Division III to study philosophy, beliefs
Still focused on issues stemming from membership growth, members of Division III’s presidential governance body kicked off an effort this week to engage colleagues around the country in a discussion about how to deal with ongoing concerns.
The Division III Presidents Council -- armed with feedback received Wednesday night from its Chancellors and Presidents Advisory Group -- is moving forward with plans to ensure that presidents of member institutions play a leadership role nationally in upcoming discussions about such questions as whether the division’s philosophy statement accurately reflects members’ shared beliefs regarding intercollegiate athletics.
The first product of that effort will be a series of “white papers” about specific issues, and after sharing early drafts with the advisory group, the Council agreed to proceed with plans to use those papers this fall to equip presidents-- most of whom spoke decisively against restructuring earlier this year -- to play a leadership role in tackling growth-related issues.
“I think one of the most important and significant accomplishments of the past year was the engagement we saw among presidents and chancellors, not only at the Convention but throughout the year,” said Presidents Council Chair John Fry. “We now have a strong core group of presidents who are really focused on the future direction and well-being of Division III.
“Just because we decided to put aside structural change, that doesn’t mean that these conversations shouldn’t occur. If anything, they’re more important now, as we begin to think about the Division III philosophy and presidential leadership.”
The papers are being written under the direction of a Presidents Council subcommittee chaired by Widener President James Harris, who says that the papers won’t just address such ongoing specific concerns as financial aid, membership requirements and limits on athletics participation, but seek to open a philosophy-based discussion about the best ways to address growth-driven differences among division members over those issues.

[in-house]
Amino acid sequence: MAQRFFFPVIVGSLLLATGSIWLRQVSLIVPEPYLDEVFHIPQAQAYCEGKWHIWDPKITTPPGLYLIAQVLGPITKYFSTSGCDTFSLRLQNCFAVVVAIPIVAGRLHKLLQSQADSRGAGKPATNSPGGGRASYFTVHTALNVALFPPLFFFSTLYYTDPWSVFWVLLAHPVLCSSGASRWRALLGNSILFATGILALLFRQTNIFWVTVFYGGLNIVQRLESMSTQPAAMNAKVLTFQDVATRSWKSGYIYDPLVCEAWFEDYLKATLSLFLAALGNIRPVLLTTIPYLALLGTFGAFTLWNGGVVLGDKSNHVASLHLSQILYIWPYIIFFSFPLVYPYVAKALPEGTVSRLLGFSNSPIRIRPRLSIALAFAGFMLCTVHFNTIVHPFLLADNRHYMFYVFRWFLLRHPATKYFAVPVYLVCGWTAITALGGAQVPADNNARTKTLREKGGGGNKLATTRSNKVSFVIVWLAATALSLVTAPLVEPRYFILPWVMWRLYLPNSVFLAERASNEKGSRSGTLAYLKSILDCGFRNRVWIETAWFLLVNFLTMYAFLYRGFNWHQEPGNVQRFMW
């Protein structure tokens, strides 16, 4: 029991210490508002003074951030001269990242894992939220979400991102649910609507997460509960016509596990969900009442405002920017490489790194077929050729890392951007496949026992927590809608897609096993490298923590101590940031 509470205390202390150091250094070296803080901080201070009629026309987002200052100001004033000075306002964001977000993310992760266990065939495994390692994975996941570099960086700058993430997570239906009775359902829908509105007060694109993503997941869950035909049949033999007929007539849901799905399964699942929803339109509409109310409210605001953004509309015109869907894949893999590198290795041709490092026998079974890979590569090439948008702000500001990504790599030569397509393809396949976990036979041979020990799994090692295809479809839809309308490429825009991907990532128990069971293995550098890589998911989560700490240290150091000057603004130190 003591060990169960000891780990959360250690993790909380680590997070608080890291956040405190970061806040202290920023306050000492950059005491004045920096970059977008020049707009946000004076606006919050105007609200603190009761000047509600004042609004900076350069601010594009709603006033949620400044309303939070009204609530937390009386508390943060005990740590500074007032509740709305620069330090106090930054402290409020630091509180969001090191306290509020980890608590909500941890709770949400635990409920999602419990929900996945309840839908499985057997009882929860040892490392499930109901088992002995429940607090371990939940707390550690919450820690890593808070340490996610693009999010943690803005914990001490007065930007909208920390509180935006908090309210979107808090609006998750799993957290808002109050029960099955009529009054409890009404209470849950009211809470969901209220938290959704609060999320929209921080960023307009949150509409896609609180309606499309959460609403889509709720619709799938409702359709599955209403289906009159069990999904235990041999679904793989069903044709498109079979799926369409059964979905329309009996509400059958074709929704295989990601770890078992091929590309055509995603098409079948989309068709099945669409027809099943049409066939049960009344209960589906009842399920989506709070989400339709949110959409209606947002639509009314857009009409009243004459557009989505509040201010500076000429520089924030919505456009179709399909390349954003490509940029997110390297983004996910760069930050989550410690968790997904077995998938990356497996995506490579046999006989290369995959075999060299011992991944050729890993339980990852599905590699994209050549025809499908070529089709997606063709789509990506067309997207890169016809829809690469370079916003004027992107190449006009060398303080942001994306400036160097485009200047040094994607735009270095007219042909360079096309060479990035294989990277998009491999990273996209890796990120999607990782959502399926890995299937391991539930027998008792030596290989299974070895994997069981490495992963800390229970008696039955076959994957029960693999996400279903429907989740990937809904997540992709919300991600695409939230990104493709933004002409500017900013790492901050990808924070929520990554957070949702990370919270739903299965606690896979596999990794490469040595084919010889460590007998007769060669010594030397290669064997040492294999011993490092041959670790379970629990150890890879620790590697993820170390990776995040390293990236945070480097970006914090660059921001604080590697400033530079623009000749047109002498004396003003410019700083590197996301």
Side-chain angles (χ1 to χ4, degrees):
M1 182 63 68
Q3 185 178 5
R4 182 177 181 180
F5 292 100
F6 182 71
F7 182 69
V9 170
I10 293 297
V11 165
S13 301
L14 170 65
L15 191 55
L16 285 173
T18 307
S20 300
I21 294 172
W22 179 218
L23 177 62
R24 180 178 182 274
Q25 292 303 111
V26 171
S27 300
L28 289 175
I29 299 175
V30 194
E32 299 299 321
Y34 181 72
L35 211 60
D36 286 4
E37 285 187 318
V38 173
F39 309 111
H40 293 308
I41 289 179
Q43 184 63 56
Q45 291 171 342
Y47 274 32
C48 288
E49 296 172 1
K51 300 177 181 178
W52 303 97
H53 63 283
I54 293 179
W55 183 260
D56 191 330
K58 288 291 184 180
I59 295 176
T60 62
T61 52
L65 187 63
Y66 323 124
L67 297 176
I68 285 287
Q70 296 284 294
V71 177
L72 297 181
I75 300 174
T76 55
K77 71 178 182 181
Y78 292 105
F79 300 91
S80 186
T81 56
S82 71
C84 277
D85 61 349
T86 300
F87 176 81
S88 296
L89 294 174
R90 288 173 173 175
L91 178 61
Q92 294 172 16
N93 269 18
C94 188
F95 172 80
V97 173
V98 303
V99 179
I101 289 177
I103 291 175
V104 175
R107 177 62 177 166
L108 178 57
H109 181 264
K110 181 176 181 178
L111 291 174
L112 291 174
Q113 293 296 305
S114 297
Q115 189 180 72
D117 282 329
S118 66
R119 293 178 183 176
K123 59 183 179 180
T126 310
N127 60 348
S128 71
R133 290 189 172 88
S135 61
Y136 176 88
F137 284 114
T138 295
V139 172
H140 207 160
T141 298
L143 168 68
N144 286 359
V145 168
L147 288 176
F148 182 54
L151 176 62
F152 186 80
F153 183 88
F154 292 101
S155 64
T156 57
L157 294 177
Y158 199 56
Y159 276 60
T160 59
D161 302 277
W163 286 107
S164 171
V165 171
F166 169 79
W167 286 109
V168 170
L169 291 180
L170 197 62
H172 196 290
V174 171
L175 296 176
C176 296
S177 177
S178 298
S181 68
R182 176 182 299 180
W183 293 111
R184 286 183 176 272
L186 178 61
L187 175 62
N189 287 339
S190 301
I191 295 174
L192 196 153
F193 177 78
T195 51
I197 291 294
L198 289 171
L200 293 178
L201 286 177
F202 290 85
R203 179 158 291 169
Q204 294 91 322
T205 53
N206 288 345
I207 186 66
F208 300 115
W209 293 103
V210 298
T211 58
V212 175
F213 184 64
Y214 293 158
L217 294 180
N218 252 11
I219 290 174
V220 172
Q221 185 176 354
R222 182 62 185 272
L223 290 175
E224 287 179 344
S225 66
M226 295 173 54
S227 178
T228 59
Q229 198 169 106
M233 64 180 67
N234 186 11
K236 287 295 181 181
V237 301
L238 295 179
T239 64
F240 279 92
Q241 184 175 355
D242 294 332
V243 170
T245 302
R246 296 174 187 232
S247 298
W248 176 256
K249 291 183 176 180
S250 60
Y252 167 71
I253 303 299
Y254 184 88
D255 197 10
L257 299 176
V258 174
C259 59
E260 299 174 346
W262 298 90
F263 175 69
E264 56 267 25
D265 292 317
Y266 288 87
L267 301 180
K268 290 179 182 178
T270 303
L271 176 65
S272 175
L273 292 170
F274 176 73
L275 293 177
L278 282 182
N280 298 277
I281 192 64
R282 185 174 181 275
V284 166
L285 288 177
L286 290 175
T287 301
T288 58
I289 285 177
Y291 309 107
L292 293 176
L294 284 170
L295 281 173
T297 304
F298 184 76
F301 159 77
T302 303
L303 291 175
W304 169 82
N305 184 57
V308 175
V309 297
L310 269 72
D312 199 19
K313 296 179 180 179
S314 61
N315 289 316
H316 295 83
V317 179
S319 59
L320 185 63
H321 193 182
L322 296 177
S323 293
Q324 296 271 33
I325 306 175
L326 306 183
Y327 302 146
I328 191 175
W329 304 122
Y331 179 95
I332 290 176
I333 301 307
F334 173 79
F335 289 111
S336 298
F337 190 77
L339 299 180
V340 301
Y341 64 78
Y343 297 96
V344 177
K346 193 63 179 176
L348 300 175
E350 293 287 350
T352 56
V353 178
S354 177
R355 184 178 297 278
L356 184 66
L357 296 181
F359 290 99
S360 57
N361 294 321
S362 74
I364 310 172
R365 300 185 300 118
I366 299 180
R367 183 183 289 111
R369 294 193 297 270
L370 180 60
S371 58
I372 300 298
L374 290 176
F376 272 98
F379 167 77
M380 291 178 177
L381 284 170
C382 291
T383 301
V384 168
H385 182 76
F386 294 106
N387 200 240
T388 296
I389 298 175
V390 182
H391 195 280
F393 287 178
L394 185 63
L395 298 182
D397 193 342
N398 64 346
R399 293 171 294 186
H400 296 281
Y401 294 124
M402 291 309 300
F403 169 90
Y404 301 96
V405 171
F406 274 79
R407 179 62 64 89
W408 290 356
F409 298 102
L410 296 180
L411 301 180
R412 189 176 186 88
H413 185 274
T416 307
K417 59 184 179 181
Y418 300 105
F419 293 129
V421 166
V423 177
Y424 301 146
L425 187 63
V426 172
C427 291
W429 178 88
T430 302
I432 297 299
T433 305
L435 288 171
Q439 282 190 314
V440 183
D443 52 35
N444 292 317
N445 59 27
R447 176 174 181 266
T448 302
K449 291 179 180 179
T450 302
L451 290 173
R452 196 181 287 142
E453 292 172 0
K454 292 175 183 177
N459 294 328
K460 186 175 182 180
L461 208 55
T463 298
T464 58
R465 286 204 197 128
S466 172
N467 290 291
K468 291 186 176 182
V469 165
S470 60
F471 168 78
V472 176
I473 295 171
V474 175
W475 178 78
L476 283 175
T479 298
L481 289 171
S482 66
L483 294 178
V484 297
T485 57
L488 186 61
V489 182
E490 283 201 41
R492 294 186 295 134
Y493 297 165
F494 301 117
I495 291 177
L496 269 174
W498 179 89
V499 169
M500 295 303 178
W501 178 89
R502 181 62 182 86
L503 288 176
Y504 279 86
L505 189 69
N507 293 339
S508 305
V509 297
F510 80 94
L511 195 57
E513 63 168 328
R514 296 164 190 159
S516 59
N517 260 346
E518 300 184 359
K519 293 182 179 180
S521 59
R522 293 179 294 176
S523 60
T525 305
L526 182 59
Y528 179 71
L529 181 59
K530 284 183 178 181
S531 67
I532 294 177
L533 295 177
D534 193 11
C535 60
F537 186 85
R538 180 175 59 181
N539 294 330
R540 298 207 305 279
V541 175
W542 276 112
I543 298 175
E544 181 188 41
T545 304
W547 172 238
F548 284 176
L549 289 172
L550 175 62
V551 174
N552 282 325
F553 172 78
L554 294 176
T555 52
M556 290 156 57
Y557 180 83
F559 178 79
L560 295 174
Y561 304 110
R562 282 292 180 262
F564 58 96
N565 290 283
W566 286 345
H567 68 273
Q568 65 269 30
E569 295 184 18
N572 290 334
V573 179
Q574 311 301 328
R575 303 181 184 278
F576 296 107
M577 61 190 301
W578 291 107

“People didn’t want to move to a Division IV; they really believe in Division III, and we’ve heard that loud and clear from presidents,” Harris said. “However, the membership survey (conducted last spring) does show significant differences emerging, which presents challenges and I think also opportunity for the division.
“I think the big challenge is clearly articulating a Division III philosophy, beyond simply the prohibition of financial aid for athletics participation. And I think the big opportunity we have is to shape a brighter future, and also to brand Division III, and to put us on the right track.”
Harris suggested three reasons why the Presidents Council is writing the papers.
“First, we want to develop and articulate a distinct philosophy statement for Division III that’s clearly understood by all of its members. We’re looking for our ‘elevator speech’ -- beyond the prohibition on financial aid, this is what Division III stands for.
“The second reason is that we really want to have stronger presidential involvement and leadership in Division III, and we also want to find out, what issues should presidents be involved in….how should presidents participate in the governance of Division III in the future?
“And finally, I think we want a stronger commitment to the Division III philosophy, along with a stronger brand identity.”
To put that process in motion, the Presidents Council and advisory group focused on four of what could be as many as nine white papers that ultimately are expected to be shared with all institutional presidents by this fall. Those four papers address the Division III philosophy and a related discussion of the presidential role in the division’s governance; financial aid standards; academic-related issues; and membership requirements.
Harris’ subcommittee will finalize the papers based on feedback received from the advisory group and also based on further discussion of the papers by the Council at its meeting Thursday in Indianapolis.
Although the papers target presidents as their primary recipients, the Council also plans to share its work with other Division III constituencies, including athletics directors, faculty athletics representatives, senior woman administrators, conference commissioners and student-athlete advisory committees.
The Council expects that conferences -- led by presidents of their member schools -- will discuss issues raised by the papers during fall meetings. Then, Council members hope those presidents also will attend the 2009 Convention and continue leading those discussions on the national level.
“What we’re asking our Chancellors and Presidents Advisory Group to do is to take leadership within our conferences and lead the conversation around these topics, so that when we come to the Convention in January, we can discuss what we’ve learned from our colleagues around the country,” Harris said.
© 2010 The National Collegiate Athletic Association